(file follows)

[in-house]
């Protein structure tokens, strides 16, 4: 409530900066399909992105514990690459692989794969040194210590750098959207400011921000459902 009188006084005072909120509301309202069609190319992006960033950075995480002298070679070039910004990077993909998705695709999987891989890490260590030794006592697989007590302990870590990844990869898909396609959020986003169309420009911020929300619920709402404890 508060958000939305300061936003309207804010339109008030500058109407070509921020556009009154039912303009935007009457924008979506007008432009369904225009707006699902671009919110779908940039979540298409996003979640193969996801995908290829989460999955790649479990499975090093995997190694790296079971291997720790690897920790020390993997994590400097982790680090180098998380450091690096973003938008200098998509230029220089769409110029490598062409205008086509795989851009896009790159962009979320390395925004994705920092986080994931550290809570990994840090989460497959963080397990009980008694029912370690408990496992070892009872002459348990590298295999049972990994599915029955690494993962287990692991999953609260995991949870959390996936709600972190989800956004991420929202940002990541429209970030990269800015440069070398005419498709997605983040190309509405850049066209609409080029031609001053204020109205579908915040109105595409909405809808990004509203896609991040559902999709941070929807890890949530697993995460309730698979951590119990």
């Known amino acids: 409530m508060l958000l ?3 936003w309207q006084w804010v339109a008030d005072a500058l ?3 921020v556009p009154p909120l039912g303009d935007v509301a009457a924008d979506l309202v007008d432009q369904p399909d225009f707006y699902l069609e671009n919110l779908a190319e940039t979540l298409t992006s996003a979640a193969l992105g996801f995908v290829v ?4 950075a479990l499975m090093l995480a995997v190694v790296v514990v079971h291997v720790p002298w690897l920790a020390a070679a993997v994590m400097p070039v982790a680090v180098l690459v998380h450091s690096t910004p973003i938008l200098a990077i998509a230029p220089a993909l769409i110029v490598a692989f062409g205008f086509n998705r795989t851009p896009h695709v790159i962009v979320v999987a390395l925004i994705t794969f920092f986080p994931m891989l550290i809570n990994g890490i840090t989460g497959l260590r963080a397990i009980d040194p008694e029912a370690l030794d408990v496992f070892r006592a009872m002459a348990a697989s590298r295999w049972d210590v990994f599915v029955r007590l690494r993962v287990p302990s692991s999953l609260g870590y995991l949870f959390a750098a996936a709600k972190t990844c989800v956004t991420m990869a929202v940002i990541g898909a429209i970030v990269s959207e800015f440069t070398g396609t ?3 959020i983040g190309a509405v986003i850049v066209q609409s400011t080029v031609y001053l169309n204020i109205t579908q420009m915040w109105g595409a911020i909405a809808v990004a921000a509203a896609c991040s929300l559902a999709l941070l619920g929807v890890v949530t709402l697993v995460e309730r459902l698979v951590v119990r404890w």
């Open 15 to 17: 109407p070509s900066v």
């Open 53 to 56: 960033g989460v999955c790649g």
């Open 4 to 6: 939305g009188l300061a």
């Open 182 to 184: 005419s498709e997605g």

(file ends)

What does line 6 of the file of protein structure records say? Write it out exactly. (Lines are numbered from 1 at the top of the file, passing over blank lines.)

């Open 4 to 6: 939305g009188l300061a």